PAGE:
Surprisingly, since the back end is detached from the front end, developers can change the programming of the entire backend, and it will never affect operations on the front end. The newly programmed backend will provide the front end with the exact information that is required.
In a nutshell, anytime a user requests the front end, it communicates with the backend through an API. The backend, on the other hand, responds to the front end through the same API/ and this saves time and improves the response speed.
Knowing about this, how is headless commerce gaining popularity so fast? Initially, the main idea of e-commerce was to provide desktop-friendly data to users. At that time, nearly all online e-commerce originated from desktops. Due to this, developers focused only on the backend to the front end and vice versa transactions.
Within a few years, technology continued to evolve where smartphones and other handheld internet devices evolved. Due to this, traffic across the e-stores began to become complicated. Lesser traffic came from desktops and more traffic from the newly developed handheld devices.
There was a fast-growing need to develop a new system that was more flexible, agile, and scalable. This is how headless commerce was developed. The backend was decoupled from the front end to improve user experience. It became possible to develop both ends independently and deliver a better user experience.
Today, e-commerce is a new trend in the business world. However, interaction with e-platforms is no longer limited to desktops only. The best solution for users today is headless commerce. This is one of the greatest reasons it has become the trending or most popular technology today.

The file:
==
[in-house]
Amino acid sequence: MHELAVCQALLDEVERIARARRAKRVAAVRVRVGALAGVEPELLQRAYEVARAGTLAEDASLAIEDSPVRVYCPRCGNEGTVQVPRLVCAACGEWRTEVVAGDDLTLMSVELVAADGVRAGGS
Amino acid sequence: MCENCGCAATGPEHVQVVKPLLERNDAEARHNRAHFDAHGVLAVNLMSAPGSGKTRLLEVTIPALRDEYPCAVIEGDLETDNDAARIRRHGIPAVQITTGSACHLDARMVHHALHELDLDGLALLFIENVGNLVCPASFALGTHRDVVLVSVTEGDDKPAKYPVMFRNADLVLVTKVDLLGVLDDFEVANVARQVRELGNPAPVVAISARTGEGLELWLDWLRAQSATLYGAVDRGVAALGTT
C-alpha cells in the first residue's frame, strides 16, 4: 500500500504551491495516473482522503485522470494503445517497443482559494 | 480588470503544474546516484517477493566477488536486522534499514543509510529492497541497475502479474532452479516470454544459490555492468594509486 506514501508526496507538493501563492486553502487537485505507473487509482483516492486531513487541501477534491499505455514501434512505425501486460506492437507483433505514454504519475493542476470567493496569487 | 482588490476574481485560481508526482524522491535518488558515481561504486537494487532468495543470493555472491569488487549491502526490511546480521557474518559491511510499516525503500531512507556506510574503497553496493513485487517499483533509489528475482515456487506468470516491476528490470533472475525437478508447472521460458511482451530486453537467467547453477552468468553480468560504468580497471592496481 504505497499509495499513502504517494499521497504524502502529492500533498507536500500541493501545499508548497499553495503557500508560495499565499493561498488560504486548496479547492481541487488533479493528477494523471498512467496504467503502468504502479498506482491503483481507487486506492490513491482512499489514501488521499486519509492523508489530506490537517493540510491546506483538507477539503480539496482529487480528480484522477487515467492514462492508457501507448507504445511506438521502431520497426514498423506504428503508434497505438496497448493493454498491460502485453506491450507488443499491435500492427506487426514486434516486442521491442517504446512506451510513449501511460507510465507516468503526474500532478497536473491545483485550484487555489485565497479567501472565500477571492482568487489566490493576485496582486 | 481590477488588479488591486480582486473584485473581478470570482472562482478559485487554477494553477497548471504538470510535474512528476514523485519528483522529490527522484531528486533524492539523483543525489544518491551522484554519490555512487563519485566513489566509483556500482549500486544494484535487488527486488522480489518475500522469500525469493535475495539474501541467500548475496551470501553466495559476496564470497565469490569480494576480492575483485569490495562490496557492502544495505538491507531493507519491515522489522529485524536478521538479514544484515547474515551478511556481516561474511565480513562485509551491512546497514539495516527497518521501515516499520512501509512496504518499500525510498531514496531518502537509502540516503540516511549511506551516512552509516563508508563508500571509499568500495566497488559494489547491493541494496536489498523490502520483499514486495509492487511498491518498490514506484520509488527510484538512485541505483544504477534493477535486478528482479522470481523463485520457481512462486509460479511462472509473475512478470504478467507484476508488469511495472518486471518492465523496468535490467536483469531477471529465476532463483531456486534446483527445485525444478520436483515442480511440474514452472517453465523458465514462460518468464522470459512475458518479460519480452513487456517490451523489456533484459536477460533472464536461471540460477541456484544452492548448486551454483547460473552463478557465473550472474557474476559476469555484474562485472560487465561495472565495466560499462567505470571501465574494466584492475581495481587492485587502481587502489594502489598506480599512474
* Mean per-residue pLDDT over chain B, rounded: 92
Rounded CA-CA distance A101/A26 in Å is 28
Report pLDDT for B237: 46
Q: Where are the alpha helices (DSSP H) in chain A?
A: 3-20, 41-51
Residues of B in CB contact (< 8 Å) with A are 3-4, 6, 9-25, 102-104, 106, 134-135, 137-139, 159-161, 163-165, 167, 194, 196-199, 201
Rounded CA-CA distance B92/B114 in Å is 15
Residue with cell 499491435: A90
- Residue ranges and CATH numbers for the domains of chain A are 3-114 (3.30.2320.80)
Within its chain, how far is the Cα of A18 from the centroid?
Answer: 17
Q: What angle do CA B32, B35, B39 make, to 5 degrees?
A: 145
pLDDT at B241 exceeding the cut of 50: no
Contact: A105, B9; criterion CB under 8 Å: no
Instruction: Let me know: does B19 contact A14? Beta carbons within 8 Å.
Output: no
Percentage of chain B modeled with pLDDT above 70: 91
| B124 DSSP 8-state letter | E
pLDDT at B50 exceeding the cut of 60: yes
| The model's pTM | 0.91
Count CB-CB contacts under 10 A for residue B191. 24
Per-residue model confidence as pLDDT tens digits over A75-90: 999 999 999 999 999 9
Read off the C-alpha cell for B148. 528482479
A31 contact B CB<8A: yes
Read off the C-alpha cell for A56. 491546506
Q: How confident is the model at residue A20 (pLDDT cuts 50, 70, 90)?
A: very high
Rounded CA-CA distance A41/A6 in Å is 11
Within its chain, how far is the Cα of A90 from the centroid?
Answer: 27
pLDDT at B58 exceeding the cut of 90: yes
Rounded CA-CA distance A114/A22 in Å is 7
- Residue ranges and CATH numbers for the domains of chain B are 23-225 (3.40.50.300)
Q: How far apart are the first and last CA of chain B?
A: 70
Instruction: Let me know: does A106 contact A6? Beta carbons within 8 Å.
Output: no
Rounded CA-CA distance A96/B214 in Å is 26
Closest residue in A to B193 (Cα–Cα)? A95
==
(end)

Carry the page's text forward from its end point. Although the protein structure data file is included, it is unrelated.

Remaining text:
Comparing Traditional and Headless Commerce
There are major differences between traditional and headless commerce. In traditional commerce, creating a program or application takes time. Both the backend and front end have to run without conflict. During the application development phase, several things happen.
The developers continually test the application to ensure the codes do not conflict. If they do, it means information from the backend to be interpreted differently in the front end. The testing process is lengthy and tedious.
Another challenge with traditional commerce is application customization. Users receive a predefined experience. It becomes very difficult to offer personalized features in traditional commerce. The experience leads to many unhappy customers.
With headless commerce, developers create customized front ends without ever interfering with the backend. As long as the modifications align with the business needs, it is easy to tweak the front as they wish. What’s more, they can create personalized applications that enhance user experience. They can change the way the front end looks, change the way it feels, and do many other things. The developer has more authority on what they want to do with the front end compared to traditional commerce.